From leaky pipes to coin-operated showers, from dodgy DIY to uninvited, furry visitors, the Experience Invest team has had their fair share of horror house stories.
Many of the team’s student housing horror stories are from years ago and before legislation to improve HMOs was introduced, and before investment in a new wave of purpose-built student accommodation had begun.
When I moved out of university halls in 2006, I moved into a shared house in the second year with friends. The property was cheap, spacious for the price and, most importantly, close to the university.
Everything seemed OK, until things started to break. First the hot water broke down, then we discovered mould, and one housemate was locked inside her room because the door handle (attached by Blu Tack) had fallen off – but on the outside of the door.
With £5 billion worth of investment in the UK’s student property sector in 2015 alone, horror stories like mine are starting to become a thing of the past.
According to the latest figures from the property experts at Knight Frank, there are around 525,000 purpose-built student rooms across the country.
It is thought that the UK’s student sector is now worth an impressive £43 billion in terms of value (stock owned privately and by universities). By the end of 2016, £4 billion would have been invested in UK’s student accommodation sector.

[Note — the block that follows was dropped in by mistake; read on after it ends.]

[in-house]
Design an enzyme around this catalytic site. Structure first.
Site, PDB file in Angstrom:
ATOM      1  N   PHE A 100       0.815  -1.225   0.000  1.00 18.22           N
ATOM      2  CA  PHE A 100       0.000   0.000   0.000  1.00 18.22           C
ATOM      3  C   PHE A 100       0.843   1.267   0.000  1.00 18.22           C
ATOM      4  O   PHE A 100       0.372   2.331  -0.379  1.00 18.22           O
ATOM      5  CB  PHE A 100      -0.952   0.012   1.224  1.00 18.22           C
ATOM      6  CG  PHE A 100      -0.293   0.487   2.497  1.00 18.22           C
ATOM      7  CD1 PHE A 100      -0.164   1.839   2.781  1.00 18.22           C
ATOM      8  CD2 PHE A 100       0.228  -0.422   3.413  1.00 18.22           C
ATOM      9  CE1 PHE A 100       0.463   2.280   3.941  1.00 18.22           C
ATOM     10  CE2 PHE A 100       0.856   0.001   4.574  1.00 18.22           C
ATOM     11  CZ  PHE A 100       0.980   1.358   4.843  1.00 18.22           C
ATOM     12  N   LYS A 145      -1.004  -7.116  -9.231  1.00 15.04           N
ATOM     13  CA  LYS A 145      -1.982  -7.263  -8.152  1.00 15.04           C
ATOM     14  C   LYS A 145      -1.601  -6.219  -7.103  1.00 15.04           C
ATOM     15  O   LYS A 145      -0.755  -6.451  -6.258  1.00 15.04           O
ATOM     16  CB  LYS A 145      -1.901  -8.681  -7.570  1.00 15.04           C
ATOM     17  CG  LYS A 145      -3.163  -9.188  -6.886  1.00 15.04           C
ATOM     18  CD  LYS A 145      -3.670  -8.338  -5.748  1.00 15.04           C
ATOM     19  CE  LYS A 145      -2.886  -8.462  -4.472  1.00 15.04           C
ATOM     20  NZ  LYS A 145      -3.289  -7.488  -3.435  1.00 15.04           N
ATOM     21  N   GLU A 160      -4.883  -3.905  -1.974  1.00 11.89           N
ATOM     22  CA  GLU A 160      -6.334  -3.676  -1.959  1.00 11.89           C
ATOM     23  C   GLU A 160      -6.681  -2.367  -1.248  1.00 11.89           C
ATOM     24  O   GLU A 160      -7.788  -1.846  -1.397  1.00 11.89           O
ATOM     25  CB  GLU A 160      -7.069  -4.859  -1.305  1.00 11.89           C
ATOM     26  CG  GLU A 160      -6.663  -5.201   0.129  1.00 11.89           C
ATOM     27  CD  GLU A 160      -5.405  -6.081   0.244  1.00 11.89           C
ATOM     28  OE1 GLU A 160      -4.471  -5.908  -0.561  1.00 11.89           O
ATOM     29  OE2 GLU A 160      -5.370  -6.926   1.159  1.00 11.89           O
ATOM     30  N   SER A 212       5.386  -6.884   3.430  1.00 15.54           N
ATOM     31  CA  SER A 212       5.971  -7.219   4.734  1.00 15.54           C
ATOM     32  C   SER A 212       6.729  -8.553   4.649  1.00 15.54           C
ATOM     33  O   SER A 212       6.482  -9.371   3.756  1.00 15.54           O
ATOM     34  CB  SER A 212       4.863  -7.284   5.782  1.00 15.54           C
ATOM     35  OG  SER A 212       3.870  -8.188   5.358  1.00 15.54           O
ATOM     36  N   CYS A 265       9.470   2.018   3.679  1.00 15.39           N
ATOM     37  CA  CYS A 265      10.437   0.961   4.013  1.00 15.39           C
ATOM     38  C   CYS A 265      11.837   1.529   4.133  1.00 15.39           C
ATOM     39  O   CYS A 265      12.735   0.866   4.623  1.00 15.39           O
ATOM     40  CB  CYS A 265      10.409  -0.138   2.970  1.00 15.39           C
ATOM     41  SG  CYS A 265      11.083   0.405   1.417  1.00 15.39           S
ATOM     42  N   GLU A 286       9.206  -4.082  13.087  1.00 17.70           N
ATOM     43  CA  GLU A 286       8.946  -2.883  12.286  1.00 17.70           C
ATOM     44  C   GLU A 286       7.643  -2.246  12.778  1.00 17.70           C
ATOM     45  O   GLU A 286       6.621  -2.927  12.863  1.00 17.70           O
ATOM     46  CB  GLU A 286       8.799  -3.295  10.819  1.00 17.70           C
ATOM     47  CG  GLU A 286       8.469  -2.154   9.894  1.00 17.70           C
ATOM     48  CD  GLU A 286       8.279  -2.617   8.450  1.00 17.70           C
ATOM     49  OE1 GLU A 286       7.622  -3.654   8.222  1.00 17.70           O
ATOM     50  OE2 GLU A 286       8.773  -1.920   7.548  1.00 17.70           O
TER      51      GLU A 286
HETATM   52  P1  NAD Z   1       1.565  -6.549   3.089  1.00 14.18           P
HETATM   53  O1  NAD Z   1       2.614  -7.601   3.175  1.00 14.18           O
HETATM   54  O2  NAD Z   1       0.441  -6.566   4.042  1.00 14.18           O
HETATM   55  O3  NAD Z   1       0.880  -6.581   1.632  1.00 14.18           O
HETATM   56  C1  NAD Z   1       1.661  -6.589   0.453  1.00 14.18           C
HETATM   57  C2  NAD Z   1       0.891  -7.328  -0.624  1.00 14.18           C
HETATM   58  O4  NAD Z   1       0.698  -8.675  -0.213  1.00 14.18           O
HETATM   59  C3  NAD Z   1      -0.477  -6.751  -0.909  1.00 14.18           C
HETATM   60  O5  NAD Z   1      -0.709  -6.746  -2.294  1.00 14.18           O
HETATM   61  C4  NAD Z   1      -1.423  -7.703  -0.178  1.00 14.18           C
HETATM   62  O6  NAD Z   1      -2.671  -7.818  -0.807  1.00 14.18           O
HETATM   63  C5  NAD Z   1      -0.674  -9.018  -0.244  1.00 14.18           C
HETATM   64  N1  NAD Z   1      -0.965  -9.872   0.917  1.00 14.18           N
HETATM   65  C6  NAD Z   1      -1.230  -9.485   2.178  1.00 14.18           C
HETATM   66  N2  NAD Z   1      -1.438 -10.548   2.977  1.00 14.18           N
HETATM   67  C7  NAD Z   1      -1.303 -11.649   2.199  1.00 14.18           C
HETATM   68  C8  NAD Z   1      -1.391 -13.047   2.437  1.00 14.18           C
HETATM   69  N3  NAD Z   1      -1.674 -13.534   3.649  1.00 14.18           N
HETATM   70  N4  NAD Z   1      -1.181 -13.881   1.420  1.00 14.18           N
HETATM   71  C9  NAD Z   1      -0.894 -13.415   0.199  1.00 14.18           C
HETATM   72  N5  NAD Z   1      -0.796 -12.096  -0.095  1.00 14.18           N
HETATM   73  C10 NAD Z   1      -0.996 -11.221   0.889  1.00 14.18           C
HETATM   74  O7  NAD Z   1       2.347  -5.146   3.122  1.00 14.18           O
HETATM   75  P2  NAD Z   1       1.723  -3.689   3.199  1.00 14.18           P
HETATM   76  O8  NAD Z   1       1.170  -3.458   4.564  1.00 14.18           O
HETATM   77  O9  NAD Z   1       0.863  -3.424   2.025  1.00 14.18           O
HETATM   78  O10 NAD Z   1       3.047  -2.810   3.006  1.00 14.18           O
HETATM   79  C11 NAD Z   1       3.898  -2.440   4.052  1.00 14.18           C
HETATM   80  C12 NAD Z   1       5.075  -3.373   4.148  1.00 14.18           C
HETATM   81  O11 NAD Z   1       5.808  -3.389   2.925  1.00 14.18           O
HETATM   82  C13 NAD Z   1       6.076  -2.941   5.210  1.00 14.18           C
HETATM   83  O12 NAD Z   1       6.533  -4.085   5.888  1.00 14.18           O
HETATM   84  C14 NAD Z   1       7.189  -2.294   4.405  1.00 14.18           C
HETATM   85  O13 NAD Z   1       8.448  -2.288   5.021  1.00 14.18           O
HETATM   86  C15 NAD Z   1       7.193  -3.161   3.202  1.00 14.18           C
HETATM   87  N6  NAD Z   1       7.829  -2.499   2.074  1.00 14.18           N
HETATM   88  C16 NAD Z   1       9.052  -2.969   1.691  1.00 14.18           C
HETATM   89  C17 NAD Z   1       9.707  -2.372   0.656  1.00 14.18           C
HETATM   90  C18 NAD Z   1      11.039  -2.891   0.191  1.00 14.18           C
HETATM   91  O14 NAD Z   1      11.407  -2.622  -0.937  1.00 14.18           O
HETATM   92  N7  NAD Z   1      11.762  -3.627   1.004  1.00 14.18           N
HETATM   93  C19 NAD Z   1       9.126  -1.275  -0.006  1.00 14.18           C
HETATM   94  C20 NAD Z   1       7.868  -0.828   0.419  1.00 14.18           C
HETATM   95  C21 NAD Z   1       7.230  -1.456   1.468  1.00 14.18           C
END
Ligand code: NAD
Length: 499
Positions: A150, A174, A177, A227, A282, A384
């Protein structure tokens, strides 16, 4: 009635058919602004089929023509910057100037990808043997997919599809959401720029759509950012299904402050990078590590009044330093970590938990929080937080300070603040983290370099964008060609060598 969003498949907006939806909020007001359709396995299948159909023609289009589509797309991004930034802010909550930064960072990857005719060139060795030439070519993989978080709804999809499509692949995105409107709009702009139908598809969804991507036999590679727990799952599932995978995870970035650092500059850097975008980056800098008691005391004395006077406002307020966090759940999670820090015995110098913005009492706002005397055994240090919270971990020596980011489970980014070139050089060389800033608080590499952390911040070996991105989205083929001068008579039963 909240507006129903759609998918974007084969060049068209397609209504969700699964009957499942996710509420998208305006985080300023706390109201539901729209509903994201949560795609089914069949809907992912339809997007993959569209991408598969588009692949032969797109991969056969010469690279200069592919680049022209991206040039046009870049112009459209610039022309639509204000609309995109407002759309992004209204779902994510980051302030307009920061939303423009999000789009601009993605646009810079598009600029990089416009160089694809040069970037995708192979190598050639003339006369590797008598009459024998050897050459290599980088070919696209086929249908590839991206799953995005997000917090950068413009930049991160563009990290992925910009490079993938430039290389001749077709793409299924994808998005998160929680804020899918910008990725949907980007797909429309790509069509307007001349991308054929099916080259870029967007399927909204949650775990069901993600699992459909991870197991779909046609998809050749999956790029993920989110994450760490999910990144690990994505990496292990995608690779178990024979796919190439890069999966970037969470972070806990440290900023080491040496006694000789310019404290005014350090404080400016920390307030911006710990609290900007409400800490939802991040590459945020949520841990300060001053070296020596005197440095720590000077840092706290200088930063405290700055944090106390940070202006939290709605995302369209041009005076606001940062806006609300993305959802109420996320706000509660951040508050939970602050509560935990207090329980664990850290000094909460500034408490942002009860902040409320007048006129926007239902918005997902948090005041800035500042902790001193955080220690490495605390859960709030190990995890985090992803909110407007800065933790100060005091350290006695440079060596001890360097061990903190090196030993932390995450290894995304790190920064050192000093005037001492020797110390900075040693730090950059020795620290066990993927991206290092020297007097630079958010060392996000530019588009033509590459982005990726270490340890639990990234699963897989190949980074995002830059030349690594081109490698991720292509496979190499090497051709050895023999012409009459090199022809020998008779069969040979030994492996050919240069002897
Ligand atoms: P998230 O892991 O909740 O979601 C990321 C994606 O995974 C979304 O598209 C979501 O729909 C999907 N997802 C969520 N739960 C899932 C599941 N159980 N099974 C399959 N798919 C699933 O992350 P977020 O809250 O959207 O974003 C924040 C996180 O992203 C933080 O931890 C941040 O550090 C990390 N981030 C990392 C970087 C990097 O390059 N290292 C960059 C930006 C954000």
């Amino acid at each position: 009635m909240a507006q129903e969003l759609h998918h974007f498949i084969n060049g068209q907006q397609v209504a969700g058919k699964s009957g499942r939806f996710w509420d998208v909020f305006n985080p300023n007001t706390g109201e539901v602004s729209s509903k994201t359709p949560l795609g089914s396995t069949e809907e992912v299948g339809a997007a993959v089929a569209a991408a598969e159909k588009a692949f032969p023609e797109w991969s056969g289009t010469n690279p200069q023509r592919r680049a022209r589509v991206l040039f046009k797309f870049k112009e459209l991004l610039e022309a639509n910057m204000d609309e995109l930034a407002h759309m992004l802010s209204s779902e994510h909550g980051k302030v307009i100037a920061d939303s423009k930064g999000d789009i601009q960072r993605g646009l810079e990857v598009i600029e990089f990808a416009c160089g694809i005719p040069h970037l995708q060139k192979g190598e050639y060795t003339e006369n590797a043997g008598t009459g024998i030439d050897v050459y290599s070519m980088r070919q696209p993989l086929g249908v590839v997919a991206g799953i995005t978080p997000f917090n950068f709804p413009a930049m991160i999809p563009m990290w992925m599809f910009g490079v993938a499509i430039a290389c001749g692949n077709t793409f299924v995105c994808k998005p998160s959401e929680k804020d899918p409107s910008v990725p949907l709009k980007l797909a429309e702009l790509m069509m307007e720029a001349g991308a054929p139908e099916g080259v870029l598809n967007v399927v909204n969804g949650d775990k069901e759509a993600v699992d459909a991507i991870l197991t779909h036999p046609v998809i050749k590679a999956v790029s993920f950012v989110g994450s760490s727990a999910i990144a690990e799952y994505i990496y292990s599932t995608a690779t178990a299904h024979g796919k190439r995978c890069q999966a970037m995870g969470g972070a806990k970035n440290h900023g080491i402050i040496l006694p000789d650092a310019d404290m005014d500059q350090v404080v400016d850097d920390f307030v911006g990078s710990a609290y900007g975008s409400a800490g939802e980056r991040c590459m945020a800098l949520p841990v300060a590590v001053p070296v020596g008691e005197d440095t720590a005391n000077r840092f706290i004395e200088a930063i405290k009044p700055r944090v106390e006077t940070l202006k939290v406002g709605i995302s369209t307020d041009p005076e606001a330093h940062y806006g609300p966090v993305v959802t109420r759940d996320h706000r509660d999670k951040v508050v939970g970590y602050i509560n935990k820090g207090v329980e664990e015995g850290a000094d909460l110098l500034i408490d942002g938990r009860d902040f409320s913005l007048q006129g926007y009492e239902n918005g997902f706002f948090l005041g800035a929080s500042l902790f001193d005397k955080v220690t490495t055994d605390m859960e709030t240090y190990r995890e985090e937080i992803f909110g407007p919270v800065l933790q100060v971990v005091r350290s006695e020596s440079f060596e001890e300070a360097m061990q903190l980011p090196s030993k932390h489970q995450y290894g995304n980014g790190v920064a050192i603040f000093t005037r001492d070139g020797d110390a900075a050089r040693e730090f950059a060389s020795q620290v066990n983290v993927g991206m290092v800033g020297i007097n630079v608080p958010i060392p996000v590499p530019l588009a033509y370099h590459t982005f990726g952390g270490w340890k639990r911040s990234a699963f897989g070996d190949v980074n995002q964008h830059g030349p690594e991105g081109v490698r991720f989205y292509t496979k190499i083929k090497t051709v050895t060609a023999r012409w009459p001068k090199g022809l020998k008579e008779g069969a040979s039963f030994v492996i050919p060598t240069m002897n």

Looking back, my house of horrors wasn’t too bad but I would stay in a purpose-built student development like London Park House if I had the choice again.
There are currently £4.5 million tenants across the UK.
‘Generation Rent’ is a term which is thrown about a lot these days and why wouldn’t it be? The huge housing deficit has forced people to change their perception of modern-day living. Many renters are open to flexible tenancy agreements or are even open to long-term lets.
Over the last 10 years, the nation has shifted from a country of homeowners to a country of renters and, with property prices continuing to climb, this trend will inevitably continue.
With a rise in the number of people renting property across Britain, there is a higher expectation of what tenants want from their dwellings.
Landlords are now expected to provide good quality housing which is managed professionally and efficiently.
Dated features such as coin-operated electricity and showers and uninsulated windows are now a thing of a past and with improvements in HMO regulations, housing horror stories aren’t as terrifying these days.
Buy-to-Rent sector to the rescue
The Buy-to-Rent sector is making steady improvements to the UK’s housing market, with new-build developments popping up across the country.
Areas like Manchester, Leeds and Liverpool have emerged as key locations for Build-to-Rent as they respective economies are experiencing an emergence of economic activity.
Manchester’s Media City has attracted thousands of people over the last few years and Leeds, where the regeneration of Clarence Dock and the new Victoria Gate shopping centre, have brought about changes in the companies who operate there.
Liverpool has seen a record level of start-up businesses move to the city. Its thriving student population, bustling Generation Rent and its continuously strong economy has given birth to a business savvy, yet trendy subculture.
With billions of pounds of investment being pumped into the UK’s housing market, horror houses should be a thing of the past.
Well, maybe just for Halloween.
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